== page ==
At the Intersection of Make-Believe & “Making It Work”

Imagination—it’s something I had in spades when I was a child, and I have been proud and giddy as I’ve watched my son develop a healthy imagination of his own. He’s loved, loved, loved indulging in make-believe scenarios, and it’s been one of our favorite “together” pastimes over the past two years. But I have found myself wondering lately: Does it matter exactly what types of pretend play he’s engaging in? Let me explain.

 

Pirate, astronaut, doctor (way back when!)—some of our favorite pretend play

Pirate, astronaut, doctor (way back when!)—some of our favorite pretend play

Of Pirates, Astronauts, and Chefs

My 3-year-old son’s favorite make-believe realms have recently run to outer space, his Fisher Price kitchen (outfitted with all my missing Cuisinart utensils), and Captain Hook’s Never Sea. A sample dialogue—all his, not embellished, and a mere 3-minute portion of a two-hour space mission—happened while he donned his astronaut costume from Halloween and wielded an old Nintendo controller as our rocket ship command center:

“Mom, you need to help me steer this space ship, because it’s big and getting out of control. And I like to go FAST. So you take this controller and you press the same buttons as me. Okay? Okay, Mom?

Left. Right. Right again. Now up and up and up! We’re getting close to the moon—can you see it? Right there!!! Hit the break, now—we don’t want to crash into it! [his volume and pitch take on clear urgency as his words spill out as fast as our space craft is presumably traveling]

Let’s pack our bags so we can walk on the moon. Remember, we need lots of stuff in case of emergency [that last word is whispered and elongated dramatically for effect—e-M-E-R-g-e-n-c-y]. I’ve got food and our book to write in. We have to write down everything we see, you know. You get the other stuff. You’re stronger, but I’m strong too. We’re both really, really strong, right?

Oh, be quiet! ["qwiwet"—oh how I wish I had a recording of that word to share with you...Elmer Fudd-like!] There are monsters here. [Whispering:] Let’s explore, but be very qwiwet. We don’t want the monsters to get us!!

[Feverish now:] Hurry, mom—lets get back on our rocket! We need to go to Mars fast!! It’s far, so we’re going to take a nap in the ship. [Don't I wish?!]…”

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 Two days later, a different scenario:

[His red plastic cell phone rings, and he answers enthusiastically:] “Hello? How are you? Oh good. Nothing really. We’re just taking Nanny—that’s my grandmother—to a little quickie trip to the hospital. [Pause.] Yes. I know. No, it’s okay.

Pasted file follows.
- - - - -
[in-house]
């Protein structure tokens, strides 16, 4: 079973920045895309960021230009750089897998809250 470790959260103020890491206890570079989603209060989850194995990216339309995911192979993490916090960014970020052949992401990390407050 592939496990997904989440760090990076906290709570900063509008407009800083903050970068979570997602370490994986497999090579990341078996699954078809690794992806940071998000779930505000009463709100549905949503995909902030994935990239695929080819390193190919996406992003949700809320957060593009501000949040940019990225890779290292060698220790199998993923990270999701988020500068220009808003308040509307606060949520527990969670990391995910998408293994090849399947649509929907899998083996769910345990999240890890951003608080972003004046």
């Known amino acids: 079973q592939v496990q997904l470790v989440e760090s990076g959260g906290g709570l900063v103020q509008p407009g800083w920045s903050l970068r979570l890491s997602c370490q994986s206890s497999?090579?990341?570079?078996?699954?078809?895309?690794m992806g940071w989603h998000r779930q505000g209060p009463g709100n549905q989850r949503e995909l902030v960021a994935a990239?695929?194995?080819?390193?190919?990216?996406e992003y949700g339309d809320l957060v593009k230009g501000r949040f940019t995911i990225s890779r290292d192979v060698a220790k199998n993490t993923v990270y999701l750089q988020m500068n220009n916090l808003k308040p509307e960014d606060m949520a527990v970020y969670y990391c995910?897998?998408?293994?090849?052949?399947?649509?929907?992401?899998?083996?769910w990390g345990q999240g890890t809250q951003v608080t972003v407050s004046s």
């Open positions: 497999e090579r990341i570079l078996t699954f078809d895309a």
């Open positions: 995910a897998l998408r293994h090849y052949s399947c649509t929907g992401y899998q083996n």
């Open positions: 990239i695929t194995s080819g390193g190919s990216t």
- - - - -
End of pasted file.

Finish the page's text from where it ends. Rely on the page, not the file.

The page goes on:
[Aside to me:] Mom, it’s a different doctor for Nan. I told him she’s fine.

[Back to phone, brow creased in concentration:] Well, we didn’t give her all the pills, just the morning ones. The red one, you can’t crush. [Pause.] Well, we’re just going to use a little oxygen tank. And the taxi is coming. [Snaps his flip phone shut with a flourish.]

Mom, I told the doctor we’re taking good care of Nanny. I’m going to dress myself while you get ready, and then we can go, okay?”

Yes, he made a play scenario out of something very serious (once seemingly dire) from our real life; playing doctor has not been quite the same since we visited his great-grandmother in the hospital over a few weeks in January. During the first instant of my eavesdropping on his “phone call,” I was grinning at his deft role play. For the next few, I was troubled by the topic of his conversation. Now my mindset about the whole thing falls somewhere in the middle—he’s still pretending, after all, and he has a true sense of what’s going on within our family…and it’s life. I can present it to him in age-appropriate ways, I can protect him from what I can, and I can explain and hug and be a role model: caregiver, nurturer, juggler, mother, granddaughter, wife, daughter, editor, professional, human. But I can’t hide him from the world. And I don’t want to.

 

We’re In It Together

His checking in on his great-grandmother regularly, with tenderness and real concern; his telling me he needs to cheer her up on occasion; his supreme patience in countless medical waiting rooms—he should not be exposed to these things at the age of 3. Yet he makes me proud, and I am comforted to have him as my companion on this part of my life journey, and to accompany him on this part of his. And yes, we can still have some imaginary fun.

 

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